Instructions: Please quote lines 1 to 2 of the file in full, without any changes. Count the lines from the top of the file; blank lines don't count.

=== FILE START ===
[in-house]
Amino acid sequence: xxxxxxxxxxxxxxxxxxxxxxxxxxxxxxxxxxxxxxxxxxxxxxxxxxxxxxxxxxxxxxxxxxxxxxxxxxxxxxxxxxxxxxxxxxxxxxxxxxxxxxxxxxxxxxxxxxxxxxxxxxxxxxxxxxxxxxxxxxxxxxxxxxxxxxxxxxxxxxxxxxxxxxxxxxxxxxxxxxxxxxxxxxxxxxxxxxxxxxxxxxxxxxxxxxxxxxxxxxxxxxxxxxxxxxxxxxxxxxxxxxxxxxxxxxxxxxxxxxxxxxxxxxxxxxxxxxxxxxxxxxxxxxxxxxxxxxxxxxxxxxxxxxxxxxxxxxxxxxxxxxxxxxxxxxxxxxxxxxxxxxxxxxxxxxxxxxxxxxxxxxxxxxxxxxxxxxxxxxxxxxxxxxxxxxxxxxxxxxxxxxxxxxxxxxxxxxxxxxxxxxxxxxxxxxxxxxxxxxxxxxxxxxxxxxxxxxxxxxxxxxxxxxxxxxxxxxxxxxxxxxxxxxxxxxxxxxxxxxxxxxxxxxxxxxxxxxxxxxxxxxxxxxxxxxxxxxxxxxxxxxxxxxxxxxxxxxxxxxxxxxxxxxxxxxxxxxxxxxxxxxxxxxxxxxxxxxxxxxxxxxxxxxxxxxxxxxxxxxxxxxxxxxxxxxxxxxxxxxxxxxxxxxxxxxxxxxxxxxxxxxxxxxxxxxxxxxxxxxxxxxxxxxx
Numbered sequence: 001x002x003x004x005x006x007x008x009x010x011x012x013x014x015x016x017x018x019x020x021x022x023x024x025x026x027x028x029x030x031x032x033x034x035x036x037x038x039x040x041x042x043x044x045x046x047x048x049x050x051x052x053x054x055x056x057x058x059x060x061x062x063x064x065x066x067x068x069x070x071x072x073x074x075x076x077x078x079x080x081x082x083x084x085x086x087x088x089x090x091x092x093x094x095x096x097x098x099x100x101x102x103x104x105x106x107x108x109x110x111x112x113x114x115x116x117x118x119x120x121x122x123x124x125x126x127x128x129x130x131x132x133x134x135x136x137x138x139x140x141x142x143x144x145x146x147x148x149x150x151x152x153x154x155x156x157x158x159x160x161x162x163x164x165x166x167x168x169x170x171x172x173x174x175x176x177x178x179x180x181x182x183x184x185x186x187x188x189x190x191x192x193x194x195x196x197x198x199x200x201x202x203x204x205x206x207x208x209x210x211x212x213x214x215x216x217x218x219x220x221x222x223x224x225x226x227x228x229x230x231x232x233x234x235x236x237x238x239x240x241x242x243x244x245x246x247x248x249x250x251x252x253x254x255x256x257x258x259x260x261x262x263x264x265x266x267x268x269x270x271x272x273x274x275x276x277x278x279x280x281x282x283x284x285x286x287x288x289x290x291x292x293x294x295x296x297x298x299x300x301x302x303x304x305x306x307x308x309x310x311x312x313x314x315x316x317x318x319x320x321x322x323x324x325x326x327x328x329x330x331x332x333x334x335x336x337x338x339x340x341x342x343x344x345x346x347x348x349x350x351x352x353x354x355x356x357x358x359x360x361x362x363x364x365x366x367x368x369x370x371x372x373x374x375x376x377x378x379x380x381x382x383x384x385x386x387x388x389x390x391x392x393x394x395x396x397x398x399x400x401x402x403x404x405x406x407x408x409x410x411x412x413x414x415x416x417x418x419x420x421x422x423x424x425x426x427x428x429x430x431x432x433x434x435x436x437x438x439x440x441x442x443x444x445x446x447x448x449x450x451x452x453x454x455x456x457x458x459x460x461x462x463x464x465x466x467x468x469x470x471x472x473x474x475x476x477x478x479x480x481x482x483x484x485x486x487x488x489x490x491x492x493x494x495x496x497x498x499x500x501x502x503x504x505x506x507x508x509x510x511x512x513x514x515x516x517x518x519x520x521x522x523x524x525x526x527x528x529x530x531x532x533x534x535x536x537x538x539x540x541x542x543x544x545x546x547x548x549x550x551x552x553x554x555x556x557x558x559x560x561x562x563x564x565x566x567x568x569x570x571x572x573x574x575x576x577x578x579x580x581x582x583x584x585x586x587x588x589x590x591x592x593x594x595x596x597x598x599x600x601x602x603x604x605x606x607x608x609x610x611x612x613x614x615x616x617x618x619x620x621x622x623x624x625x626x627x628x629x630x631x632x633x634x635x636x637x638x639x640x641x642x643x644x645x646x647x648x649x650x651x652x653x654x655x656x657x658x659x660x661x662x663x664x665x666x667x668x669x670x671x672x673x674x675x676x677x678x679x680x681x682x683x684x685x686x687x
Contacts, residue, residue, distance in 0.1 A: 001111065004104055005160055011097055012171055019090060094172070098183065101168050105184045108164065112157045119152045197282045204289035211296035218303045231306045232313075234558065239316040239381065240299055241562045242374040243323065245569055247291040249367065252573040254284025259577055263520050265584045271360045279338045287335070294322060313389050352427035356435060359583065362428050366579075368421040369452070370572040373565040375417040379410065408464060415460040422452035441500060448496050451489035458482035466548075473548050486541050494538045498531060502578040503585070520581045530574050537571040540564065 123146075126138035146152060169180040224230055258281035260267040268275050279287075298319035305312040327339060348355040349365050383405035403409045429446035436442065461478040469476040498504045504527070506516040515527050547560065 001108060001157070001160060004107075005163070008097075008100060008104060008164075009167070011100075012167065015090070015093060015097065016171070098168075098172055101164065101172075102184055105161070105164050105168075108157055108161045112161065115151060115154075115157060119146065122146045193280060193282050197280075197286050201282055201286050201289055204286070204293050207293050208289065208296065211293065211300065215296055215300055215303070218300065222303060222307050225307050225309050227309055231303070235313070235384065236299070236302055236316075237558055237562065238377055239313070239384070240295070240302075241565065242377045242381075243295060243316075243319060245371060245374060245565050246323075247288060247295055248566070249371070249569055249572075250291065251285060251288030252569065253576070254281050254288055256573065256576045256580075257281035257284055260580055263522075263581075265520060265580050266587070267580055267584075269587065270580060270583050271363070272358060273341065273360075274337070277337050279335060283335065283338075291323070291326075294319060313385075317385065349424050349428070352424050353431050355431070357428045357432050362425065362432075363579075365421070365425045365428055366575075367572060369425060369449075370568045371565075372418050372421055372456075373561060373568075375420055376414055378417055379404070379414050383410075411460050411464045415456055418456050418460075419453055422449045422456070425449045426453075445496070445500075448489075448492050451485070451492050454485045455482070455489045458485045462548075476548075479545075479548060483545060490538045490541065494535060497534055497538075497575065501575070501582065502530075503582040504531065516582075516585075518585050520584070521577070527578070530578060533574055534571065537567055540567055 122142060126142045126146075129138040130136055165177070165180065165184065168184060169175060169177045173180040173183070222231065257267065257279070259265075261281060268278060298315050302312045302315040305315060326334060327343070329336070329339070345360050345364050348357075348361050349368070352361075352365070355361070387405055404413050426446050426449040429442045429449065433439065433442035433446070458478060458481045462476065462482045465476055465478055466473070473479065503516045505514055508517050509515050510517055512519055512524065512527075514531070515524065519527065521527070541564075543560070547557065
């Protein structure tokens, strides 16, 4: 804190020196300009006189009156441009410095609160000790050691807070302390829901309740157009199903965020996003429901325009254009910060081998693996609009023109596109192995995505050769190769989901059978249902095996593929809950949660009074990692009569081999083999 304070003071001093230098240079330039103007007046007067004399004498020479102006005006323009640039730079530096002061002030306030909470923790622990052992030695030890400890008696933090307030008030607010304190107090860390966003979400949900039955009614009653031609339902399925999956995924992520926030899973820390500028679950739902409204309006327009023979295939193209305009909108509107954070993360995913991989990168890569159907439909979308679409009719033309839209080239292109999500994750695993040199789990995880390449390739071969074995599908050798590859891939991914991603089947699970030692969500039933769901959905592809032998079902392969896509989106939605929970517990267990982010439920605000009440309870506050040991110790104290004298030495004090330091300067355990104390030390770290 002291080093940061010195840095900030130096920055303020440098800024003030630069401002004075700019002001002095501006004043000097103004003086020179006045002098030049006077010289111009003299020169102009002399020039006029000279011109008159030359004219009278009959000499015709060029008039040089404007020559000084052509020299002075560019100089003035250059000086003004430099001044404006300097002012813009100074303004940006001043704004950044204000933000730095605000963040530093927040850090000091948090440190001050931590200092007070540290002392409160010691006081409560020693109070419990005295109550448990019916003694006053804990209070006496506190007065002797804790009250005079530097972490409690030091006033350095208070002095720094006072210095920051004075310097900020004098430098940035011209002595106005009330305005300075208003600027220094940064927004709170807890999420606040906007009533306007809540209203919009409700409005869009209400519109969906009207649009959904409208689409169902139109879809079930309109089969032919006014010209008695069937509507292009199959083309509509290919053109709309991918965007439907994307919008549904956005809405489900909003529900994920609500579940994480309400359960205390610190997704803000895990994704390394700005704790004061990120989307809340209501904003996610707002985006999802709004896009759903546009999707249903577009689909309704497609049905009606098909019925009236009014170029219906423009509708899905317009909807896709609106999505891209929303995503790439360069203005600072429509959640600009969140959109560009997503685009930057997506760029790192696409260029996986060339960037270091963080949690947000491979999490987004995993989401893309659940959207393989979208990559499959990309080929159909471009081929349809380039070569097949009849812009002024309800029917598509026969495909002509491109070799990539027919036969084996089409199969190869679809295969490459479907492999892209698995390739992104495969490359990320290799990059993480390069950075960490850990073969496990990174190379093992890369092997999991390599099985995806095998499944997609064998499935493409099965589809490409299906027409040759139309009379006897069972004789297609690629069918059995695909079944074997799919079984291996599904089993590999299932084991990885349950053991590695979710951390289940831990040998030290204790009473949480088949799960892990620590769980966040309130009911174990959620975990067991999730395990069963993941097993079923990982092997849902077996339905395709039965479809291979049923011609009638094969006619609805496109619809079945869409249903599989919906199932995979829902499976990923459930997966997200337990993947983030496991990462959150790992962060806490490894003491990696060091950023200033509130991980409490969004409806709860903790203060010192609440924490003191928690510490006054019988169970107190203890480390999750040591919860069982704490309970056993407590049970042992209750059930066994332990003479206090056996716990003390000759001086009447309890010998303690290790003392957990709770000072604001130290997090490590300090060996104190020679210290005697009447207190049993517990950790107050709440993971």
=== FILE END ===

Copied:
[in-house]
Amino acid sequence: xxxxxxxxxxxxxxxxxxxxxxxxxxxxxxxxxxxxxxxxxxxxxxxxxxxxxxxxxxxxxxxxxxxxxxxxxxxxxxxxxxxxxxxxxxxxxxxxxxxxxxxxxxxxxxxxxxxxxxxxxxxxxxxxxxxxxxxxxxxxxxxxxxxxxxxxxxxxxxxxxxxxxxxxxxxxxxxxxxxxxxxxxxxxxxxxxxxxxxxxxxxxxxxxxxxxxxxxxxxxxxxxxxxxxxxxxxxxxxxxxxxxxxxxxxxxxxxxxxxxxxxxxxxxxxxxxxxxxxxxxxxxxxxxxxxxxxxxxxxxxxxxxxxxxxxxxxxxxxxxxxxxxxxxxxxxxxxxxxxxxxxxxxxxxxxxxxxxxxxxxxxxxxxxxxxxxxxxxxxxxxxxxxxxxxxxxxxxxxxxxxxxxxxxxxxxxxxxxxxxxxxxxxxxxxxxxxxxxxxxxxxxxxxxxxxxxxxxxxxxxxxxxxxxxxxxxxxxxxxxxxxxxxxxxxxxxxxxxxxxxxxxxxxxxxxxxxxxxxxxxxxxxxxxxxxxxxxxxxxxxxxxxxxxxxxxxxxxxxxxxxxxxxxxxxxxxxxxxxxxxxxxxxxxxxxxxxxxxxxxxxxxxxxxxxxxxxxxxxxxxxxxxxxxxxxxxxxxxxxxxxxxxxxxxxxxxxxxxxxxxxxxxxxxxxxxxxxxxxxxxxxxxxx